Finally – Round One!

Racing in 2021 is a new beginning in several different ways for the Razorback Racing team. 2020 was a one-event season for reasons everyone knows and is absolutely sick and tired of, so we decided to just write that one off and start over.

The team has a new title sponsor for 2021 and we are very happy this year to represent Gulf Racing Fuels. It’s an incredible privilege to race under this iconic company logo that has a racing pedigree second to none. Thanks to our friends, Jeff and Michelle LaRose, who are Gulf Fuel distributors and made this happen.

The outfit is sporting a new livery for 2021 with the official Gulf two-tone blue and Gulf Racing Fuel logo.

Our co-pilot and co-owner, Ben Ollila, is taking a hiatus from racing to do other important things in life, namely, getting a Master’s Degree in Geological Engineering, getting married and getting pregnant (with his wife, Olya, of course). We wish him the best in all these areas and time will tell whether or not he returns to ride with the team again.

Jennifer Carriere (aka Speed) is the new copilot this year.

Jen is not new to racing and has many laps racing solo bikes in both sprint and endurance races. She initially took a few laps in 2019 on a sidecar demo ride and her talent was immediately apparent. Some people just have the “right stuff” for sidecar racing. This past winter, Jen very enthusiastically accepted when asked to take on the role as passenger.

After an initial delay, the VRRA race school ran at Shannonville Motorsports Park on June 17, 2021, and Jen received her license to copilot a classic racing sidecar.

Our team runs primarily with the VRRA and the first 2 rounds of the 2021 season were cancelled.

Thanks to a bit of teamwork and collaboration, Shannonville Super Series invited the VRRA to participate in their first round on July 9-11 and finally, WE’RE BACK TO RACING!!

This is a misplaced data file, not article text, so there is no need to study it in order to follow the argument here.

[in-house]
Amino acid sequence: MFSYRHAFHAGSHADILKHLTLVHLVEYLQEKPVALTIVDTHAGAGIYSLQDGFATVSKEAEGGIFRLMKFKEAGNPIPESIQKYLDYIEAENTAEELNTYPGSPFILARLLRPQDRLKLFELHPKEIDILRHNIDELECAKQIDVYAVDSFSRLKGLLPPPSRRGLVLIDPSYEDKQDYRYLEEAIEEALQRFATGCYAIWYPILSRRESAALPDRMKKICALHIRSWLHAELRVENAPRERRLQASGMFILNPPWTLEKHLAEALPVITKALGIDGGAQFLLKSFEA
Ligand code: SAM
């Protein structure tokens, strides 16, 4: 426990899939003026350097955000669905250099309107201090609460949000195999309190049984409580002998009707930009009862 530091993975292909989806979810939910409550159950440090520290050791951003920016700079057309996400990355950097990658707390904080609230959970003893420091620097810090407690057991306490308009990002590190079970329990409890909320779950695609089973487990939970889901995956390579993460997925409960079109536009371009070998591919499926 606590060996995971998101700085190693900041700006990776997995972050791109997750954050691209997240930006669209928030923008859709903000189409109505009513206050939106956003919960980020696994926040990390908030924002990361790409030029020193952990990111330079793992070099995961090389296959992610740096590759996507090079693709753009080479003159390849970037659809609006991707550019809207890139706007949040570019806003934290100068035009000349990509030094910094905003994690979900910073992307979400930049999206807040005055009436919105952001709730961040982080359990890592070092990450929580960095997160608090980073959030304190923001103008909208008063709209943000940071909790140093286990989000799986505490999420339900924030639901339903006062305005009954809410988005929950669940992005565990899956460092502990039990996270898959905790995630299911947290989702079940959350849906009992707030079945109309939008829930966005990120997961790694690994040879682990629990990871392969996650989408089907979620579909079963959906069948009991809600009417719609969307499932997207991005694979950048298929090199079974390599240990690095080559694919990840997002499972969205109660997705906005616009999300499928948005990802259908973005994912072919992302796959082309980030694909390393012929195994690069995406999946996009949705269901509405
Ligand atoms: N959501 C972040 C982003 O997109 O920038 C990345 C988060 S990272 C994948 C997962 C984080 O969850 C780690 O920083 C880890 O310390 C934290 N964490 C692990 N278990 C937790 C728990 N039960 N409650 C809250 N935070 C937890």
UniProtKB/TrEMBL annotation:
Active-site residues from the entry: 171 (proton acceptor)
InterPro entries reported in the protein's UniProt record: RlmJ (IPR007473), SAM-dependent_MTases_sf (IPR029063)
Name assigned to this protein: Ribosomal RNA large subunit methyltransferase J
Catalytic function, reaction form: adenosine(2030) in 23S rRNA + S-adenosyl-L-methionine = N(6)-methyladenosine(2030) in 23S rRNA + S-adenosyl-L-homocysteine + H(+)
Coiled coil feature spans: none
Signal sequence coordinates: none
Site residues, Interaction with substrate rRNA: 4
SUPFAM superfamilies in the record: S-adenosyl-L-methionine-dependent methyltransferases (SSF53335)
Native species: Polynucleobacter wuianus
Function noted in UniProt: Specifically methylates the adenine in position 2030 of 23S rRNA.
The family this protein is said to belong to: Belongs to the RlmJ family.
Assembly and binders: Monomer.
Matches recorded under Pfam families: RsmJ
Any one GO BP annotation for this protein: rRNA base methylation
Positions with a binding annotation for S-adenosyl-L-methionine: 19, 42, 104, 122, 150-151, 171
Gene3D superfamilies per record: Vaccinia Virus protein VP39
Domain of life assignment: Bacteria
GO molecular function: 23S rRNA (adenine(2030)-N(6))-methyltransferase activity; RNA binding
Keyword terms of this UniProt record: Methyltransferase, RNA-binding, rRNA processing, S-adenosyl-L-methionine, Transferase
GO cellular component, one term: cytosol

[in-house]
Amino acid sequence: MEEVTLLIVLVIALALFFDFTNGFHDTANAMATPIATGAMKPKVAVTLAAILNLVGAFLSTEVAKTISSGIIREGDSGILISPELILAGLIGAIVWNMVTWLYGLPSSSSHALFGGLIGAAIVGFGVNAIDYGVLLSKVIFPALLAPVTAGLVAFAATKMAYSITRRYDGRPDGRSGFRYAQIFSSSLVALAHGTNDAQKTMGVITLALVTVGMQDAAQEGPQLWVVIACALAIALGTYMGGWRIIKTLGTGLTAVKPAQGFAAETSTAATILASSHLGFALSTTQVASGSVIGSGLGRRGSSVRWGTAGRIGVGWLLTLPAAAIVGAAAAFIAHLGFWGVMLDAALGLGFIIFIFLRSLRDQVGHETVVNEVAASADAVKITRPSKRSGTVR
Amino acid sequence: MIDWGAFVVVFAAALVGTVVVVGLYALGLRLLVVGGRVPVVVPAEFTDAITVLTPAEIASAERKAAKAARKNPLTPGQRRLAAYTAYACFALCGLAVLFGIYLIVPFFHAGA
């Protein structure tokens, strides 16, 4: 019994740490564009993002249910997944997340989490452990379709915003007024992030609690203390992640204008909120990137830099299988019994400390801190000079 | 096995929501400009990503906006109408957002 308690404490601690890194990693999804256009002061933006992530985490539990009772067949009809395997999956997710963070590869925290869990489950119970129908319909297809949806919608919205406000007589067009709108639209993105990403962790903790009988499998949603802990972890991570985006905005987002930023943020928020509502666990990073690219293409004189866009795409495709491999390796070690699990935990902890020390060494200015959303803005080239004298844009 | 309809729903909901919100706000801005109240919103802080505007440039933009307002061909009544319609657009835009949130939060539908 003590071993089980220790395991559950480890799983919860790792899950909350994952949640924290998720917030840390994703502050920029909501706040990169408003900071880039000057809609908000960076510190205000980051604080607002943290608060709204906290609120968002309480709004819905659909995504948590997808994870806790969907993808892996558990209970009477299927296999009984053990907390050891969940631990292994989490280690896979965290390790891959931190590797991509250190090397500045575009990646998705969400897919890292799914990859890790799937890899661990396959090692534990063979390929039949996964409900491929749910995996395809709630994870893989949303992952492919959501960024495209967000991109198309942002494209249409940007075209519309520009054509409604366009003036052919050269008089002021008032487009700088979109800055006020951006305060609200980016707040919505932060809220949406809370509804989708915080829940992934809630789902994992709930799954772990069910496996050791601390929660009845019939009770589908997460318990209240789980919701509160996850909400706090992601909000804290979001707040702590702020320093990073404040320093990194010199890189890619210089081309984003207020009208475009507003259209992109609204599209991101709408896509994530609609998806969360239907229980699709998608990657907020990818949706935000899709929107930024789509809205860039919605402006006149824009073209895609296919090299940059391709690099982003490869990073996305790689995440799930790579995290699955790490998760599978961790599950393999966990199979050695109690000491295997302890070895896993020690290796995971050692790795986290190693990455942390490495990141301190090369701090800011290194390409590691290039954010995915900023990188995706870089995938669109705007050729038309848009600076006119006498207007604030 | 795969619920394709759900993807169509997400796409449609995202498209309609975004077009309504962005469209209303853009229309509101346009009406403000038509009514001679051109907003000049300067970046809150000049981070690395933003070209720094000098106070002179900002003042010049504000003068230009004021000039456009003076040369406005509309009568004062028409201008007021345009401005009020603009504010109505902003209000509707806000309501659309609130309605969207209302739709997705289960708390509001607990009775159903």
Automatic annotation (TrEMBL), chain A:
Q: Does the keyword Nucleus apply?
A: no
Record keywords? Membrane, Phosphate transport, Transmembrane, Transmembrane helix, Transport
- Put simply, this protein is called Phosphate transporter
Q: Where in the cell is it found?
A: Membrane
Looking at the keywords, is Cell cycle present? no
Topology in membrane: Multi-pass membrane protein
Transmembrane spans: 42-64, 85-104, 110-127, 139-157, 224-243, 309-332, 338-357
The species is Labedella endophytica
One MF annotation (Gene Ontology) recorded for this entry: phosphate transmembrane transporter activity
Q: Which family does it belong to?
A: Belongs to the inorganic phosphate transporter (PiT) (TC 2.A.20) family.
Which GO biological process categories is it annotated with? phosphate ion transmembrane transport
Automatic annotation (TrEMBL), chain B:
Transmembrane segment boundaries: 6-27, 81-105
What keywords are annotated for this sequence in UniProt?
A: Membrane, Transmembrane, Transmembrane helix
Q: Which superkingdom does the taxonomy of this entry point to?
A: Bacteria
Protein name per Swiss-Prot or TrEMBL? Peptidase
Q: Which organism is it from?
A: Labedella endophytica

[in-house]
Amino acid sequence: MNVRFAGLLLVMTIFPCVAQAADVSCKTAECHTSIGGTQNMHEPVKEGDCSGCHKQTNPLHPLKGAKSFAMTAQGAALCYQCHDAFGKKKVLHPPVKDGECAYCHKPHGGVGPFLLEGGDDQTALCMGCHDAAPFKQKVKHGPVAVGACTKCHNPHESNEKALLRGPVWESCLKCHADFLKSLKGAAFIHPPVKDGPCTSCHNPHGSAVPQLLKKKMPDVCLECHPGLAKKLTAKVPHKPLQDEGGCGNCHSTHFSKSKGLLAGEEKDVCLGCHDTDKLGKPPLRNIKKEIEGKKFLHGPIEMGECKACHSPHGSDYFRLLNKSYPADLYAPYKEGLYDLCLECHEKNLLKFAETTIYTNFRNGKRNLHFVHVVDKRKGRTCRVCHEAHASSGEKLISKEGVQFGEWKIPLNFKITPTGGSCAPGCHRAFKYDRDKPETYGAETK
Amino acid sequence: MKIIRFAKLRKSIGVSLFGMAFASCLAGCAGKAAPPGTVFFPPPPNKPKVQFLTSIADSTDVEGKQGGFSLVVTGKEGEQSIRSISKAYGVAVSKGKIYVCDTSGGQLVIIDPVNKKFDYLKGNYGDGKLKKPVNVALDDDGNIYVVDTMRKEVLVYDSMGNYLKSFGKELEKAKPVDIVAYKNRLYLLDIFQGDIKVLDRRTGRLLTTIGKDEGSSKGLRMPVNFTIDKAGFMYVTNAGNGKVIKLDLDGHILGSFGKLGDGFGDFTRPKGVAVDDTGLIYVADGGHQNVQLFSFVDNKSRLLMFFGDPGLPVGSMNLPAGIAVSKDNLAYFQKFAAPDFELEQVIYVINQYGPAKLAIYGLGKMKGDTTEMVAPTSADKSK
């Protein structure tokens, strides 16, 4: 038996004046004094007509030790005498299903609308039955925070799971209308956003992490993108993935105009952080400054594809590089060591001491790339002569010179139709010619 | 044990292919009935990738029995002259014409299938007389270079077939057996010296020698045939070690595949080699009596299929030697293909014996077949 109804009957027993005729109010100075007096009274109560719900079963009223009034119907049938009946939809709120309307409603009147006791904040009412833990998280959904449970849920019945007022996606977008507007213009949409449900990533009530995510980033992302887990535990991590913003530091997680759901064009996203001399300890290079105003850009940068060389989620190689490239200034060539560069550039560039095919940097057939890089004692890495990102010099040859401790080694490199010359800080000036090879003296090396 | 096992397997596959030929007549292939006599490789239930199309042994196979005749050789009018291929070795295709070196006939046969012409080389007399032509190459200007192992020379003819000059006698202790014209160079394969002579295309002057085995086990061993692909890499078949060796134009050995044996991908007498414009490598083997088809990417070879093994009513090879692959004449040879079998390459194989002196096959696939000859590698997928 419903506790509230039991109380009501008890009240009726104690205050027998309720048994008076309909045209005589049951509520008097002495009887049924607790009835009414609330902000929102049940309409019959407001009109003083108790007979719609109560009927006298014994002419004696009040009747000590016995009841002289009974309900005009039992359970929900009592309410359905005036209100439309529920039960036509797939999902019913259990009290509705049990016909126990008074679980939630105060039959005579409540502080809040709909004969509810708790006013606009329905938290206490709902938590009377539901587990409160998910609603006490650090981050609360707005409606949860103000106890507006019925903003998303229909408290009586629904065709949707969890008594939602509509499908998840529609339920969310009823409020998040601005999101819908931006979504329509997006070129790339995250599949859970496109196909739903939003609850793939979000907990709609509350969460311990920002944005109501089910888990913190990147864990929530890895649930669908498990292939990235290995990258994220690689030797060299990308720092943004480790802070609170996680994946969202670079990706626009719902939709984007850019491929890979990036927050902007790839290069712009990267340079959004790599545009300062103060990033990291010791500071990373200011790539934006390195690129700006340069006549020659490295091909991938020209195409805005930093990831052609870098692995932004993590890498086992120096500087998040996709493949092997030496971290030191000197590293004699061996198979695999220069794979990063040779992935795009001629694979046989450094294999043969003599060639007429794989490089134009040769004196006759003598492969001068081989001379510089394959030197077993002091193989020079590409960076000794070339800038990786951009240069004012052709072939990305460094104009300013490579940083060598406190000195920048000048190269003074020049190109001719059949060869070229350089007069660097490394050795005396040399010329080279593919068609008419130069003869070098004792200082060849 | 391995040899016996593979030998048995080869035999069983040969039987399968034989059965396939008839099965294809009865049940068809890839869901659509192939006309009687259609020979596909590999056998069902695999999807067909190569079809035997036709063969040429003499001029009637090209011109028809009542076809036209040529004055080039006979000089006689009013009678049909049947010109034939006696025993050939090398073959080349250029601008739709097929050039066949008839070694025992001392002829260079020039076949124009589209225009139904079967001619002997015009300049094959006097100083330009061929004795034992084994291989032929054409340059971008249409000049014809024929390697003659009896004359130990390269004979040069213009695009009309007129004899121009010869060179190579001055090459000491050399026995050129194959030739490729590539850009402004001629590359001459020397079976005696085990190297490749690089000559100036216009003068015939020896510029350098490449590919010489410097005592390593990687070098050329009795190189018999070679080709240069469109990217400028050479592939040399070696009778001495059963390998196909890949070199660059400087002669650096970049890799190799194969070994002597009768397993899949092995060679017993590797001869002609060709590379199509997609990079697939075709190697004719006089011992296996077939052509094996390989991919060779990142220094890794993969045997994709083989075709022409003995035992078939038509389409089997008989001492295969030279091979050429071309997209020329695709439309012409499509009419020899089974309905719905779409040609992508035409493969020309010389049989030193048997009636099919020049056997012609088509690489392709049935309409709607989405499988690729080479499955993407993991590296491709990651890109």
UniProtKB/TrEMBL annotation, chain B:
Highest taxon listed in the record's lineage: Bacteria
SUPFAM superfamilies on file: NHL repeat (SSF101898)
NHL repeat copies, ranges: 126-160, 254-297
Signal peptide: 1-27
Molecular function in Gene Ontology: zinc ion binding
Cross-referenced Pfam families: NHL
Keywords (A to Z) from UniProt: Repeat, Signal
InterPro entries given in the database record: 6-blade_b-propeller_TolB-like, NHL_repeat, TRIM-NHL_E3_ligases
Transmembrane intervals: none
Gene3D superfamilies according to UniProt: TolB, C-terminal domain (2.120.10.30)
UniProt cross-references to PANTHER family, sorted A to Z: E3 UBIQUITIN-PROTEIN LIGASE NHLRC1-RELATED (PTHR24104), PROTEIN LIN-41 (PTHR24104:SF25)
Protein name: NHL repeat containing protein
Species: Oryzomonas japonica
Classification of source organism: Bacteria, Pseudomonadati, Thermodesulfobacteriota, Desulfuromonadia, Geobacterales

It’s hard to describe the feeling of returning to the track with the competitive-but-social atmosphere, business of race prep and reuniting with friends we hadn’t seen for a long time, but it was very good for our souls.

The learning curve for Jen was very steep because there really is no way to just dip your toe in this sport. It’s pretty much as if you get thrown in the deep end of the pool and you’re forced to swim. Or more specifically, to hang out very far on the left-hand corners or the whole rig will flip.

Jen brought a whole lot of enthusiasm, athletic ability and willingness to adapt to the part and was up to racing speed with a practice or two. We were pleasantly surprised by how quickly she adapted. Along with her talents, she kept mentioning the “P” word (podium – as if saying it out loud would jinx the whole business).

Saturday featured a short practice, a timed qualifier and a race. We had a decent pace in the race until a leaking fuel line caused us a DNF. Back in the pits, we discovered a tiny leak on the suction side caused by an overtightened hose clamp. Sometimes you just think you are doing the right thing and being conscientious…

Sunday schedule was the same as the previous day but a broken shift linkage on the warmup lap for the qualifier put us out and at the back of the grid. No harm done and at least we were in the race.

We started well and ran well for the race. All sidecars were included and the modern and big displacement F1s are very hard to keep up to with a 1970 XS650/750 air-cooled twin. However, we had a great race coming in third behind 2 or the F1s and in front of another F1 team who are just starting out. We ended up first in our class and third overall.

Jen performed extremely well for her first race weekend and was finally able to say the “P” word out loud.

The Mosport Vintage Festival is up next and we are counting the days. We have a lap record that needs to be challenged.

A few words from Jen:

Let me tell you about a little bit of fun I’ve had recently. Have you heard of sidecar racing? Google it.

I remember my first years at the track: the sounds, the smells, the bikes. I didn’t give much thought to sidecars. Experienced racers spoke about them with reverence. I didn’t see it. I only understood the magic of solo racing. I purchased a bike, got it prepared for the track and went to school. I. Was. In Love with racing.